Easy road


Nevada's public employees nearly choked on their Wheaties earlier this year when Gov. Jim Gibbons proposed rolling back their generous salary increases -- including the hidden "step" hikes -- as a means of addressing the state's budget mess.

His plan was met with widespread derision by legislative Democrats and their media stenographers, who harshly criticized Gov. Gibbons for not abandoning his 2006 campaign pledge to hold the line on taxes.

In the end, however, state workers -- including public school teachers -- largely fended off the salary adjustments, meaning that while the state continues to bleed red ink, many of its employees this year received raises unheard of today in the struggling private sector.

It speaks volumes about Nevada's spending priorities. However, while public-sector benefits and compensation remain off the table here, officials in other states understand they can't seriously address their budget woes without confronting the issue.

Take little Rhode Island.

On Monday, Gov. Don Carcieri laid out his plan to balance his budget while dealing with a heavily unionized public sector and an unemployment rate in the private sector surpassed only by Michigan among the 50 states.

"There are going to be inconveniences for the public, and there are going to be sacrifices, as I said, for state employees," Gov. Carcieri said.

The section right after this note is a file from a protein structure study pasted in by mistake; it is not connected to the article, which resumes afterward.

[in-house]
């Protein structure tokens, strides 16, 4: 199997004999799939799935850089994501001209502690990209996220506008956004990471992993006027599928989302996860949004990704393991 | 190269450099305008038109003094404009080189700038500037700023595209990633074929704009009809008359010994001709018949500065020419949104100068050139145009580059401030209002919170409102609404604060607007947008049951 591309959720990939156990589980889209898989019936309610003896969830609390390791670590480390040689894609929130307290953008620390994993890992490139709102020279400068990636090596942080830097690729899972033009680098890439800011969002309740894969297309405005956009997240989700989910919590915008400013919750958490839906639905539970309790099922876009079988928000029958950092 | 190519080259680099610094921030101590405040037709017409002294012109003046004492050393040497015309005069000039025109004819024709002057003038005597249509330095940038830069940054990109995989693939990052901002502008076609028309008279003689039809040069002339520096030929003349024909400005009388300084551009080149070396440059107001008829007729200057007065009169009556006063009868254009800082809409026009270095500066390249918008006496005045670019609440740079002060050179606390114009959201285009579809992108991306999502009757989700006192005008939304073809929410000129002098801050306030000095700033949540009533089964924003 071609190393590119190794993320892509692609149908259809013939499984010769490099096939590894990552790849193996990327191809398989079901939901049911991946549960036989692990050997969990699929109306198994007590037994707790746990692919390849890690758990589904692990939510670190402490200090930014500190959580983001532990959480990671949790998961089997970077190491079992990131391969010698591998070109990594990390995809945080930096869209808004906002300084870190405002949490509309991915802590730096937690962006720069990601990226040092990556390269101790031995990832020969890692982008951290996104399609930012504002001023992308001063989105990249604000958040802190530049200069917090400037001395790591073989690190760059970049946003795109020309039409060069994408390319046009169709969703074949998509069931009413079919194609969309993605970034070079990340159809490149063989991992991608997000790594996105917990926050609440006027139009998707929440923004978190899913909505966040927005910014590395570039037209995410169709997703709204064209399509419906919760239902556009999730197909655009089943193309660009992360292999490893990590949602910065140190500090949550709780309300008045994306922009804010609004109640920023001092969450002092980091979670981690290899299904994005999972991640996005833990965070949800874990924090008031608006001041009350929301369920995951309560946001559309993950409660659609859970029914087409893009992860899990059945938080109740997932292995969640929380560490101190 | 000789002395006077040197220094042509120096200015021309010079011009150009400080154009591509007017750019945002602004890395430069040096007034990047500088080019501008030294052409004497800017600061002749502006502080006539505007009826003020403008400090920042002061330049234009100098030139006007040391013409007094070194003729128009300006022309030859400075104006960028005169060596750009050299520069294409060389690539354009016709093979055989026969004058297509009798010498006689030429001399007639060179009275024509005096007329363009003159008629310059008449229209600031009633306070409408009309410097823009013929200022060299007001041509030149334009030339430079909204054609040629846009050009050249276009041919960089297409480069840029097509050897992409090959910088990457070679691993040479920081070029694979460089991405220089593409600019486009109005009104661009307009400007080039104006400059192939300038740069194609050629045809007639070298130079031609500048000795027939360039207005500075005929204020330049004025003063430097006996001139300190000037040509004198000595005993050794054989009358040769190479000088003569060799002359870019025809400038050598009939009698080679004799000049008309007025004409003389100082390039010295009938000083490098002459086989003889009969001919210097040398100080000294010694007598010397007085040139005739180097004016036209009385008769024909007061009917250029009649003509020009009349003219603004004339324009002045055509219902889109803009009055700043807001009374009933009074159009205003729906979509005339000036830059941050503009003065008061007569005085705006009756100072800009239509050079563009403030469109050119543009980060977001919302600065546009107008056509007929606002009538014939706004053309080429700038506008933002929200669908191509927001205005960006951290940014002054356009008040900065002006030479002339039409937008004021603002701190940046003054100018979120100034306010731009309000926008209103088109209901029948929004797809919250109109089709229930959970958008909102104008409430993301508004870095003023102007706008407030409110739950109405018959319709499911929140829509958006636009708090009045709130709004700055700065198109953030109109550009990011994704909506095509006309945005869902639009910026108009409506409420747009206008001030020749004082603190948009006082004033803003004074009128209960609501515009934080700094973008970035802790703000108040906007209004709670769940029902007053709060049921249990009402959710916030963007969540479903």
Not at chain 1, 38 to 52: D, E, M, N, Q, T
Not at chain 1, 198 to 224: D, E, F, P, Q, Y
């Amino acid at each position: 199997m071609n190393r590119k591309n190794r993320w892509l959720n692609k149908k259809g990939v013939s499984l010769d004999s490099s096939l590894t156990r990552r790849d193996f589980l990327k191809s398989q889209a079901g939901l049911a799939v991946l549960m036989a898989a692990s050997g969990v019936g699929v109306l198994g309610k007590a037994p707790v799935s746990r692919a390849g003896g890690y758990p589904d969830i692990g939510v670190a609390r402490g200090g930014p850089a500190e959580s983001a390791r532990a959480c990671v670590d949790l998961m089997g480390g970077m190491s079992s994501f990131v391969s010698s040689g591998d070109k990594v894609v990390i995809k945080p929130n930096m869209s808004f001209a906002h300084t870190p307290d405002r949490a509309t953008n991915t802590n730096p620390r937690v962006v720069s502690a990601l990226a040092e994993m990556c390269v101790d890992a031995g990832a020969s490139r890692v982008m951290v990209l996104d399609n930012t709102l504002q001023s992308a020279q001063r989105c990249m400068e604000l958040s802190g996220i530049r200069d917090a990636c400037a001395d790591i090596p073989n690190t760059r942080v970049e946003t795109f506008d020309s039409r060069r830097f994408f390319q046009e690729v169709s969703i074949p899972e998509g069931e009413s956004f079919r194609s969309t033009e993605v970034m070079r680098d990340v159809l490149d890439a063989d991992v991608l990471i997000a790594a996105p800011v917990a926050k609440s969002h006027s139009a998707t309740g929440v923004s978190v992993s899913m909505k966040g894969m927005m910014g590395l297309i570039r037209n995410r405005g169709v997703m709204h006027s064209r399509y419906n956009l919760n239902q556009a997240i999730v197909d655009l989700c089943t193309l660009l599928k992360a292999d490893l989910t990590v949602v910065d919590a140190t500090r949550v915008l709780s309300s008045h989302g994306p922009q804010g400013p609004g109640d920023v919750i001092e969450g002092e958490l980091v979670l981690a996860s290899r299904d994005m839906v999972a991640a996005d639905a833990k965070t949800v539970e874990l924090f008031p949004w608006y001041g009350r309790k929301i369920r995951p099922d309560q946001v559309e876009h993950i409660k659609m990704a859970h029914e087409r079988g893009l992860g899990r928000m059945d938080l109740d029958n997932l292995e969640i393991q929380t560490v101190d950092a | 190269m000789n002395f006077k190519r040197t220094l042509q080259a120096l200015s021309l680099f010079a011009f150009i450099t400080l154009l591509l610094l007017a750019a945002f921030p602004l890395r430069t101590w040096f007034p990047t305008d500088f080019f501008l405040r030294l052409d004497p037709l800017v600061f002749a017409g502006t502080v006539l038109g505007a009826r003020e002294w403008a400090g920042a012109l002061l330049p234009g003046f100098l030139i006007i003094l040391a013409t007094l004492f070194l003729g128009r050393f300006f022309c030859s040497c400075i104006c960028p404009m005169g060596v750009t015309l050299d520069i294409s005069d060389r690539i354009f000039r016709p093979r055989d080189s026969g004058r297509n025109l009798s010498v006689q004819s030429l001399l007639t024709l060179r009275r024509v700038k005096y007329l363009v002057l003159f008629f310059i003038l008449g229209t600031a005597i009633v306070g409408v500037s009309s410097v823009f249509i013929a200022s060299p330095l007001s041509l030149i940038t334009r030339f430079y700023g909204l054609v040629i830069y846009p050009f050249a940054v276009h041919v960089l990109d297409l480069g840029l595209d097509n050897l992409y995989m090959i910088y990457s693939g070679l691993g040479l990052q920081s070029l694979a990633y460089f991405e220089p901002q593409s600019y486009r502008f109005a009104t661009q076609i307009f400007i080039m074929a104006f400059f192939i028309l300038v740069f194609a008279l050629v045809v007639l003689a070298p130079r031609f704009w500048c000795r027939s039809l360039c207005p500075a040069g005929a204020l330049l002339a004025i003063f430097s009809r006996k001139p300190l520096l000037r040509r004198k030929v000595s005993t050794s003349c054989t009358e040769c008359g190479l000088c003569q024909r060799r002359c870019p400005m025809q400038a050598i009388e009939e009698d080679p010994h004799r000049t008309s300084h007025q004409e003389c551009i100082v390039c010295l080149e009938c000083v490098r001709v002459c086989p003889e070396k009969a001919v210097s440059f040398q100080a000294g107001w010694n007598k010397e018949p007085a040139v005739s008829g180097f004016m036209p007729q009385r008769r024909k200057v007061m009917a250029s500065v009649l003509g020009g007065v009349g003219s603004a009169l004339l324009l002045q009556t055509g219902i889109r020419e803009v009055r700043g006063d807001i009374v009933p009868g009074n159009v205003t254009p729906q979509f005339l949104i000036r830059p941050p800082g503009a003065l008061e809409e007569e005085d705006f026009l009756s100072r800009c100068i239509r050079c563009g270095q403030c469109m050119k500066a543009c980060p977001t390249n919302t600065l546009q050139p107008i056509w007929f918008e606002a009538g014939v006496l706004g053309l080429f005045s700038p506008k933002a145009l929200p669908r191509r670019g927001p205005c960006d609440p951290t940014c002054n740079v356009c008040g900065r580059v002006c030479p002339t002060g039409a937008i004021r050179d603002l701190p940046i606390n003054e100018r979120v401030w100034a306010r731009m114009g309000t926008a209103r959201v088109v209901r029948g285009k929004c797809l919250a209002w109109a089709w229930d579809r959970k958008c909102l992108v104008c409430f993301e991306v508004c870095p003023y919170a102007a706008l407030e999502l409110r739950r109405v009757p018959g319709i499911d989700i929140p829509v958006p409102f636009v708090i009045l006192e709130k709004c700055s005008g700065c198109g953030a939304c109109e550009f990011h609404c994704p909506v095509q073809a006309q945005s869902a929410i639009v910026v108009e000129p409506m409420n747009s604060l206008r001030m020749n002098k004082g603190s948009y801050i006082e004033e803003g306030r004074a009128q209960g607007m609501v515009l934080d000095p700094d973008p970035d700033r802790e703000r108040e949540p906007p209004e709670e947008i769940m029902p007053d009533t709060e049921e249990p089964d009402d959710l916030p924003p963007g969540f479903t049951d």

His plan? He'll shut down state government for a total of 12 days over the next 10 months, saving $22 million. Some 81 percent of the state's 13,550-member work force -- not including police, prison guards and child abuse workers -- would be forced to stay home without pay. This is on top of the fact that the state public employee union already agreed to give up a promised pay raise and to have workers pick up more of their own health insurance costs.

The Rhode Island public employees will almost certainly fight Gov. Carcieri's plan. Maybe they'll even win. But it's worth pointing out that -- in the context of the Ocean State and dozens of other states that have taken similar steps to keep the lights on -- Nevada's public-sector employees have had a pretty easy road, so far.

 

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